As I was going through a difficult divorce, I was grateful for the companionship of my puppies. They helped me feel physically safe in my home as a single mother. They eased some of the loneliness of the times when my son was visiting his father.
My ex ended up with the dogs in our divorce. Not long after he assumed ownership of them, he gave them away. The family with which he placed them lost them the very next day, which I learned when I received a call from the microchip company. The dogs had been found in a parking lot of one of the busiest intersections of our town.
I helped return the puppies to the family, with gritted teeth. I contacted the family a week later to ask how the puppies were doing and was told that they had been given away to another family. My heart was breaking for them. They must have felt so confused and alone.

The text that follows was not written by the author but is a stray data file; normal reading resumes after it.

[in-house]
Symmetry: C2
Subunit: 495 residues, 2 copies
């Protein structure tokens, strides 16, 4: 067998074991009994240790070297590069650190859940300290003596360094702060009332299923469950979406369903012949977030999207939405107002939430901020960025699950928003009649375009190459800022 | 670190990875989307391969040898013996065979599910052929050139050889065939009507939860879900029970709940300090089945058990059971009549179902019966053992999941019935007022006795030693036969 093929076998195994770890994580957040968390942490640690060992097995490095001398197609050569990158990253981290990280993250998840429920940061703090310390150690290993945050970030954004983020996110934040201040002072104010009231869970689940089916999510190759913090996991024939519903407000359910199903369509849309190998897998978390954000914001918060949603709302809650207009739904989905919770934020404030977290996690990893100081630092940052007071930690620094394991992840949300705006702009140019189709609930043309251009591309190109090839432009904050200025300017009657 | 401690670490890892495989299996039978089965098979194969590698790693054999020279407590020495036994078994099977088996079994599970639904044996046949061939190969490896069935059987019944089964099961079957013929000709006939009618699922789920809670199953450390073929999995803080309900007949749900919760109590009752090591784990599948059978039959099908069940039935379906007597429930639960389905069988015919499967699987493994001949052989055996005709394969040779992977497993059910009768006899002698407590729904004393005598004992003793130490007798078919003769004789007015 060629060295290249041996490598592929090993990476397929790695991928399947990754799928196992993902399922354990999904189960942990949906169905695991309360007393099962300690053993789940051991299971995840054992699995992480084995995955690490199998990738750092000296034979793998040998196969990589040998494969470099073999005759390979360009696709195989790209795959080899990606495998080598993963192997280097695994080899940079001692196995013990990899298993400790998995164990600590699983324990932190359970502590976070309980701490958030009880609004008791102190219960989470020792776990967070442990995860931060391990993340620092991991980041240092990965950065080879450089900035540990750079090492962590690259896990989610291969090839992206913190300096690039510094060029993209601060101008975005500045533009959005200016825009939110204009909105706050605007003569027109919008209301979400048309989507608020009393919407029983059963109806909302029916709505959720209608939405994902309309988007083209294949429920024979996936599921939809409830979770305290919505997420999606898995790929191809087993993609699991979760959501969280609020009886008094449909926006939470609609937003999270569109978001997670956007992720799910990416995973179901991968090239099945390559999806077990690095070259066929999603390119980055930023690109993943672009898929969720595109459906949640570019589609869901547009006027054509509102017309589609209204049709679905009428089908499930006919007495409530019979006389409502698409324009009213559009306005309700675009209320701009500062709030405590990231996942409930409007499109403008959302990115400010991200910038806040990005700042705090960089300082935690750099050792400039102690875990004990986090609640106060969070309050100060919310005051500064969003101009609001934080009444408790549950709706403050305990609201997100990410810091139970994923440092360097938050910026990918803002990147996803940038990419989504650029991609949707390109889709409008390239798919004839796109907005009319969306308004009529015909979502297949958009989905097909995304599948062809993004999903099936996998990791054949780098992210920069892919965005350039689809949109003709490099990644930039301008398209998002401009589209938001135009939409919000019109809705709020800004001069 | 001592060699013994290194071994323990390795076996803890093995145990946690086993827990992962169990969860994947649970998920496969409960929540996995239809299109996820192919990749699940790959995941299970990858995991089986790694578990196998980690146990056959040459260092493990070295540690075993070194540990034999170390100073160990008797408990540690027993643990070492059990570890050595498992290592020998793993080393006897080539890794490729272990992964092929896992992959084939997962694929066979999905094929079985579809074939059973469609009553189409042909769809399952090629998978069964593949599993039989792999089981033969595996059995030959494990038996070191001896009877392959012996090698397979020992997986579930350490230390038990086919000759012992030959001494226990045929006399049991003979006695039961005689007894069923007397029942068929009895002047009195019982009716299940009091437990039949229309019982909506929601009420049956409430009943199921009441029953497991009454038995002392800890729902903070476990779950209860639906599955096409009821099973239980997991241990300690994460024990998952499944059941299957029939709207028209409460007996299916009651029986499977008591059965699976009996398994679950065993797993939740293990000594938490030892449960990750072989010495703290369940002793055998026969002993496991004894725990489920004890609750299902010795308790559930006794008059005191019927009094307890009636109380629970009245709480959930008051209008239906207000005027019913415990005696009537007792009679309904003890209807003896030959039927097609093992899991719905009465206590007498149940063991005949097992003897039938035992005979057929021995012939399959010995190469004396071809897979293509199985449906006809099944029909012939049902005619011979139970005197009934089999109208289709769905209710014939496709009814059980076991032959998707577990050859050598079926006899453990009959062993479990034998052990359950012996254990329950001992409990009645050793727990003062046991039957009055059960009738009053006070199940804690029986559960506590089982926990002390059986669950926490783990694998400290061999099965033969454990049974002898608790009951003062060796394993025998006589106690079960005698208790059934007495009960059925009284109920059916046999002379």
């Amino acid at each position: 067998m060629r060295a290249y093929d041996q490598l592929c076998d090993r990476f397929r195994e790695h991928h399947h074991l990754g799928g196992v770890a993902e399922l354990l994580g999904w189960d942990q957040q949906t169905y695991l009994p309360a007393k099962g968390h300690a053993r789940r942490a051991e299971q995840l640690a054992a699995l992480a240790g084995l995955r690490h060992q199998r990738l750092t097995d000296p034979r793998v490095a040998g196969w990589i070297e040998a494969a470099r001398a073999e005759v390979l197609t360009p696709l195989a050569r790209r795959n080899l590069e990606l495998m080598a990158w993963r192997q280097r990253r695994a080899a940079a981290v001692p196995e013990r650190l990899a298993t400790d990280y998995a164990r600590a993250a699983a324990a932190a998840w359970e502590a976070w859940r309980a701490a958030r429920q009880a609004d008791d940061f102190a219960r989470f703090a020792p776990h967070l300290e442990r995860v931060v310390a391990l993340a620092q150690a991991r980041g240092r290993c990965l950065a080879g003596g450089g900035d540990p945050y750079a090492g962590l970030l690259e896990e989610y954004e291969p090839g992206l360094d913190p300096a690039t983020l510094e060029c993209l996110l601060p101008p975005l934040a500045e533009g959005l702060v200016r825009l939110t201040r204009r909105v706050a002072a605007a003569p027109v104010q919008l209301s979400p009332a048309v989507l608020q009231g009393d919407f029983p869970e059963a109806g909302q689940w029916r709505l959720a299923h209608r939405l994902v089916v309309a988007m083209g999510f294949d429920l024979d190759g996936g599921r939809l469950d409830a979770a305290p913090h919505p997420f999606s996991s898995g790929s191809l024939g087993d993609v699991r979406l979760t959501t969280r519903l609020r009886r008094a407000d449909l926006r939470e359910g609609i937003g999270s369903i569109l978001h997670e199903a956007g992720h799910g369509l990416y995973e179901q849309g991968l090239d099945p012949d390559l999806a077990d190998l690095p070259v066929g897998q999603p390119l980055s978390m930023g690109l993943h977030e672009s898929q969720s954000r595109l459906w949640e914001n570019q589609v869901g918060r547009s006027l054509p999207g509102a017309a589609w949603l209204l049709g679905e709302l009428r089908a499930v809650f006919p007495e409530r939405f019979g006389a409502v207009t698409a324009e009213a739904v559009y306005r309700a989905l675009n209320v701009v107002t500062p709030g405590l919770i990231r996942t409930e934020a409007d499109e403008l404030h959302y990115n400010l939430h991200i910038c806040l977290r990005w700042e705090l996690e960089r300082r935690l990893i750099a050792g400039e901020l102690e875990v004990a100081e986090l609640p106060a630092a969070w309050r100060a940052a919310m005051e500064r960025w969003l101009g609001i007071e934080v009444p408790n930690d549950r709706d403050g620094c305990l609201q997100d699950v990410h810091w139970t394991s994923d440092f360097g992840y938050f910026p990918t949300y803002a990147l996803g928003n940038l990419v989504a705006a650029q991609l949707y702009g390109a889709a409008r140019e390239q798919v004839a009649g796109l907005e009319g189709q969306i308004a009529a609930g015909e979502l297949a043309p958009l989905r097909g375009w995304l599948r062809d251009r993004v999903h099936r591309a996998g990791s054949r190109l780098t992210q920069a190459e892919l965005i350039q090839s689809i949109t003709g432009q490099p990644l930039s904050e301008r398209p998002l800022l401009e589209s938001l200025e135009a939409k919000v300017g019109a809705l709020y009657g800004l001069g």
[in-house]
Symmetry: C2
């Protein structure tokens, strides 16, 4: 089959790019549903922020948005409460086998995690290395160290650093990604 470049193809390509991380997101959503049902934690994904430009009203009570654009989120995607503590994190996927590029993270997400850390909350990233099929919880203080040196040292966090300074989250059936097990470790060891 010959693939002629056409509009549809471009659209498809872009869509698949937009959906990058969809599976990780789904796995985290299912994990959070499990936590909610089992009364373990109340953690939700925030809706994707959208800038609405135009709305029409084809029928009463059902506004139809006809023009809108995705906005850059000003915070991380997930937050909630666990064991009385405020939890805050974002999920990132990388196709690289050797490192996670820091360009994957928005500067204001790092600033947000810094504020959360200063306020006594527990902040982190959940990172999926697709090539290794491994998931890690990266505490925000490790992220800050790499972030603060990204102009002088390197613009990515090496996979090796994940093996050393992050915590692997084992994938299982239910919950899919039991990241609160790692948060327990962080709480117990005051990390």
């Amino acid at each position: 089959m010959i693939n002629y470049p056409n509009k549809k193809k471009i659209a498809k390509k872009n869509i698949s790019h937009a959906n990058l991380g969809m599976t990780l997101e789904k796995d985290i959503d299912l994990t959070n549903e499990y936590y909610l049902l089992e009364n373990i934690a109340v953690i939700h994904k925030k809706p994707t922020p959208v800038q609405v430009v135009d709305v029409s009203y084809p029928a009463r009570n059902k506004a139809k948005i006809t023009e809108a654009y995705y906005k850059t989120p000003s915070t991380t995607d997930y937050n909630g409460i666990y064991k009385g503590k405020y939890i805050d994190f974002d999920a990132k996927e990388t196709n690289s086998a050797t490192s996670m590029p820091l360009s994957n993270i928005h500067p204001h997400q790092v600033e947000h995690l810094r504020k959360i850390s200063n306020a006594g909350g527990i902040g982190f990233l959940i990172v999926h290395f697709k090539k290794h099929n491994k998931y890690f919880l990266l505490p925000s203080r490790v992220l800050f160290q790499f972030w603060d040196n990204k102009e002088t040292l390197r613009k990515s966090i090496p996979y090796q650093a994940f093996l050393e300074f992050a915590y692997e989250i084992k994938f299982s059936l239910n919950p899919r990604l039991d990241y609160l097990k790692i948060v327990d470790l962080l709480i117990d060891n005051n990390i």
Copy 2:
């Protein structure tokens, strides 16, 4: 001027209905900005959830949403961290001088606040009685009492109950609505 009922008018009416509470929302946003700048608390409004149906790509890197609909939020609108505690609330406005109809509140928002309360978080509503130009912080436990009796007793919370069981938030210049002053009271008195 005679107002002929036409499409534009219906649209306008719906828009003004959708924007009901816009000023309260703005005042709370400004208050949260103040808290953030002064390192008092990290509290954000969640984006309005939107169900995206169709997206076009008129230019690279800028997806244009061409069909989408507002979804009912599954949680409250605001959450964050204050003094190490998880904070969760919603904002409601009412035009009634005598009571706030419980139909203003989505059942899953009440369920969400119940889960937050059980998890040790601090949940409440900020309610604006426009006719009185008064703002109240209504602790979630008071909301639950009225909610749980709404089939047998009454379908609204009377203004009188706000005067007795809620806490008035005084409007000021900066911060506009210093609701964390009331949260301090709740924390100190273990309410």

Two years passed, with no word. I often thought about them, wondering how they were doing, wondering if they were still alive, wondering if they thought about me like I thought about them.
And out of the blue, in December, I received a call from animal control in a town several miles away that they had picked up Scrabble. They had tried to contact her owners multiple times but heard no response. Since my information was on her microchip, they legally gave Scrabble back to me. She was home!
When I picked up my son that afternoon, I told him that we had a puppy. He gasped with excitement. He wanted to race home to meet her. I showed him a picture of him with her when he was little, but I don’t think he understood yet how special this was.